One of the unfortunate results of today’s business environment requiring more specialized knowledge experts is that we then find ourselves working in silos. That is, we’re too often removed from colleagues in other parts of the company.
Yet we know that both innovation and collaboration are improved when we can bring together people with different perspectives, experience and knowledge bases. For companies willing to apply some creativity to building bridges between silos, the benefits can be huge, ranging from higher employee engagement to the cost savings resulting from shared knowledge.
Here are a few best practices to consider:
1. Random Acts of Lunch: This is a fantastic way to build relationships across business units or departments or up and down the corporate hierarchy. Lunch Roulette is a new app that matches employees for lunch. The process is simple: employees enter a date they’re free for lunch and where they’d like to meet and the app then randomly matches them with another employee. Or, an employee from finance could request to be matched with someone in engineering. The CEO could ask to be paired with a frontline employee or more junior staffer. Imagine the difference in interactions between silos once people have spent some time together over sandwiches and shop talk.
2. Window on the Other World: When we see each other’s faces, we instantly develop a stronger connection, even with little to no communication. If your company is dealing with silos created by geography, or you’ve just experienced a merger or acquisition, try giving employees in each location a view of the other. Let’s say the parent company in Des Moines has just acquired a company in Silicon Valley. You could install a camera and monitor in each location, with the monitor showing real-time activity in the other location. So the folks in Silicon Valley can wave to the Des Moines folks as they walk through their lobby during the day. And vice versa.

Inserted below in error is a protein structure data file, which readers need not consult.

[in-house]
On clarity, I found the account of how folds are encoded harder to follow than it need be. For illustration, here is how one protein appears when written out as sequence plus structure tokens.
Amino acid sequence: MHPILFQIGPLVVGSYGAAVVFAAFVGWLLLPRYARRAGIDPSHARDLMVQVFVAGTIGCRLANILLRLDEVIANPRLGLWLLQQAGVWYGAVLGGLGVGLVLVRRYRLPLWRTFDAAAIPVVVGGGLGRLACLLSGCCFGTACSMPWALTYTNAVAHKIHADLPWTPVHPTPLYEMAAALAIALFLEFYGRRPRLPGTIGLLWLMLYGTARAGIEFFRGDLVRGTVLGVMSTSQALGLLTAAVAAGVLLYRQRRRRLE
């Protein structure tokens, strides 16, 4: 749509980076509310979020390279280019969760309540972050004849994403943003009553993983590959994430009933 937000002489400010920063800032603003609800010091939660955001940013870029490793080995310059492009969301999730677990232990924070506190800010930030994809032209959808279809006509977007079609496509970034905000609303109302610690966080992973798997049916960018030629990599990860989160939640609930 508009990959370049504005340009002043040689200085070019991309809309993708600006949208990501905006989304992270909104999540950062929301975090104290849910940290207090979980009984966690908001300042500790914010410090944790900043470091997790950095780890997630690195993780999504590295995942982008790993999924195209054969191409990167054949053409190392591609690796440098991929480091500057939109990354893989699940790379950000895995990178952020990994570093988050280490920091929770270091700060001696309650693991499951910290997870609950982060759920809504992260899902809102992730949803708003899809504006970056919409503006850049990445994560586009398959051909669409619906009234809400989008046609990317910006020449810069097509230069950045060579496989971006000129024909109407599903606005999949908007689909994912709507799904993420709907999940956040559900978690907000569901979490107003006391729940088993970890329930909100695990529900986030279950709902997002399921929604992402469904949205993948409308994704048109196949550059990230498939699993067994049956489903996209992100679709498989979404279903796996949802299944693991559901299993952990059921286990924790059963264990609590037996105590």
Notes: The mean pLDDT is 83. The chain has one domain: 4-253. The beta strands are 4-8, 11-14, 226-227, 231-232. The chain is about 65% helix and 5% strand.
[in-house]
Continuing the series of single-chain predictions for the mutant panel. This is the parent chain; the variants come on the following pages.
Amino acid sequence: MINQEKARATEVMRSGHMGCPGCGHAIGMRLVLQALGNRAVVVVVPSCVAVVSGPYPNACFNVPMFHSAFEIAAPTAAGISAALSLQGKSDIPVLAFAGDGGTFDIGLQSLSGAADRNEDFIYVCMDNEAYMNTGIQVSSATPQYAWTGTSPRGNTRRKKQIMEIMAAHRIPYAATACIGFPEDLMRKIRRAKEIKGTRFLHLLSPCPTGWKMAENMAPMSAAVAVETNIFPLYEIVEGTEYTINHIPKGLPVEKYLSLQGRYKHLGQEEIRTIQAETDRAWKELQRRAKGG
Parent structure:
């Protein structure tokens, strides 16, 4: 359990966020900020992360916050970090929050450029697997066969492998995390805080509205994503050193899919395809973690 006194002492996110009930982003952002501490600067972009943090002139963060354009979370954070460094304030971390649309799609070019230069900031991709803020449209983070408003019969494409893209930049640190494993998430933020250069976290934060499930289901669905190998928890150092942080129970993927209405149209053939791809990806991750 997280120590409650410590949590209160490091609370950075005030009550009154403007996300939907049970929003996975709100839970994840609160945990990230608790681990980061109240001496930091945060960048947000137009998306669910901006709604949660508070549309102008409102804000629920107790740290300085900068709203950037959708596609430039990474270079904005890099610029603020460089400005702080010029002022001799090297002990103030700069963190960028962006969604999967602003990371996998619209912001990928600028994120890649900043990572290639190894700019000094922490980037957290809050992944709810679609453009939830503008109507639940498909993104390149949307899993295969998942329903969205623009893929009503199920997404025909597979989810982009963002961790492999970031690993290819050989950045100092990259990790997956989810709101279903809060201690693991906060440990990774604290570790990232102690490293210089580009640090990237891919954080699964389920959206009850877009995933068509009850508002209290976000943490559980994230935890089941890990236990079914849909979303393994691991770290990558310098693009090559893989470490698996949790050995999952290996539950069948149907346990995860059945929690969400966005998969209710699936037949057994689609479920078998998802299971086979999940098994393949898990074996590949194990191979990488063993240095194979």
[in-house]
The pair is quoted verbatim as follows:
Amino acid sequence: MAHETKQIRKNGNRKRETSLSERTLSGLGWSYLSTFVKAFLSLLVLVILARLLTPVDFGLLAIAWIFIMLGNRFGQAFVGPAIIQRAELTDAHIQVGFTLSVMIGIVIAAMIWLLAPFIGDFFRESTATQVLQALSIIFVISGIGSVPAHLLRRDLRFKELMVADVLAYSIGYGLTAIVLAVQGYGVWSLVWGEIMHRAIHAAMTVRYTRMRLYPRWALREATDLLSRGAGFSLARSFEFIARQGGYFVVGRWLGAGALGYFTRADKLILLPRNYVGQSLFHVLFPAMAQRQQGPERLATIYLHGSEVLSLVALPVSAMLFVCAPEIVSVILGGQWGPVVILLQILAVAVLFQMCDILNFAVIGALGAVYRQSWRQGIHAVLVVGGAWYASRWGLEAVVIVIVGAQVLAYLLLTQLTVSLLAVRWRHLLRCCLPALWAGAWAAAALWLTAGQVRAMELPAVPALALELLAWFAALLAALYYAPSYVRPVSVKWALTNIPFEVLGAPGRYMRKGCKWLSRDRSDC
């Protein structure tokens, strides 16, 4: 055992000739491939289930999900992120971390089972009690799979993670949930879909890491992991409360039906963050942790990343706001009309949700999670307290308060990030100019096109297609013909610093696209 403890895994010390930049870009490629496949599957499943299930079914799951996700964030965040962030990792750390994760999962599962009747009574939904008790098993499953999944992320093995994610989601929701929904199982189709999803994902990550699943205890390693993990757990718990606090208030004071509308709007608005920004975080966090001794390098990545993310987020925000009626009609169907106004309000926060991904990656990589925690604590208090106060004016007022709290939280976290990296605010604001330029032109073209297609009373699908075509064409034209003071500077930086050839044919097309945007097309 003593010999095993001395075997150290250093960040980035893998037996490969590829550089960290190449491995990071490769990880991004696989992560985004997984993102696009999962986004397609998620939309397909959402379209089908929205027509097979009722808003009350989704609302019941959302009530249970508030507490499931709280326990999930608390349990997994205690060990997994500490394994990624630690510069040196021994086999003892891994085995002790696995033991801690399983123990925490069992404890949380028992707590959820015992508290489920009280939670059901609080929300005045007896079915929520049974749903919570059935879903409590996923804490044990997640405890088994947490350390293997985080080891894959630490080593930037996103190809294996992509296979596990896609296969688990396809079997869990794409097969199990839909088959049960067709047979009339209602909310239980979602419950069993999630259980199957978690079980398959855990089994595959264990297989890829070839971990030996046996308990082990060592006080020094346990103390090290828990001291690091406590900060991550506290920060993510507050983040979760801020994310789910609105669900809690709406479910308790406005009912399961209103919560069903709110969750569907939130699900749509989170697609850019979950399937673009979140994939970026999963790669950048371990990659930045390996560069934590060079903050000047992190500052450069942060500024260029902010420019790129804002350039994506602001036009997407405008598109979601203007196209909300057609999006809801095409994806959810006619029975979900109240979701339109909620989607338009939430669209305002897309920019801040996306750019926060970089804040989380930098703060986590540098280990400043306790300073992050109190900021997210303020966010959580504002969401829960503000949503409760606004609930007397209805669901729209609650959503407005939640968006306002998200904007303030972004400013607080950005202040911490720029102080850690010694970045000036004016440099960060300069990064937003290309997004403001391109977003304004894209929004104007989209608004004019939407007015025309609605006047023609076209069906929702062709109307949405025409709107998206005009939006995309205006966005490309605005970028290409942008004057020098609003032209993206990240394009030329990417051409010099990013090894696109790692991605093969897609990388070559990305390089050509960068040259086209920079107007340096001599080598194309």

3. The Company That Sweats Together: There’s nothing like seeing your CFO in bike shorts to level the playing field. Company wellness programs give employees a chance to bond outside their day-to-day role in the company. To increase interaction and engagement, sponsor a company team for a local 10K race, involving runners from all areas of the company. Or have an annual fitness competition, pitting departments or locations against each other.
4. Building on Shared Passions: Give employees a chance to interact on behalf of causes they believe in. By sponsoring community efforts, the company can involve employees of all stripes in collective efforts. Or put together a corporate sustainability team that includes employees from divisions or locations that would ordinarily have little to do with each other. Shared passions have the power to unite, regardless of job function.
5. Yeah, Good Idea: If your company’s reason for wanting to break down silos is primarily to promote innovation, give that innovation an established process and meeting place. Crowd innovation software like Spigit provides a methodology whereby employees can post ideas and receive feedback and votes from employees in other areas of the company. This algorithmic-focused system filters ideas on the front end and pushes winning innovations to the forefront. Other collaborative systems to consider are Jive and BrightIdea.
Give them a reason to brush shoulders, whether in person or online, and they’ll begin to build relationships. Get them to build relationships, and they’ll begin to share ideas. This is just a handful of ideas geared to providing opportunities for employees to interact outside their silos. If you have others, please share.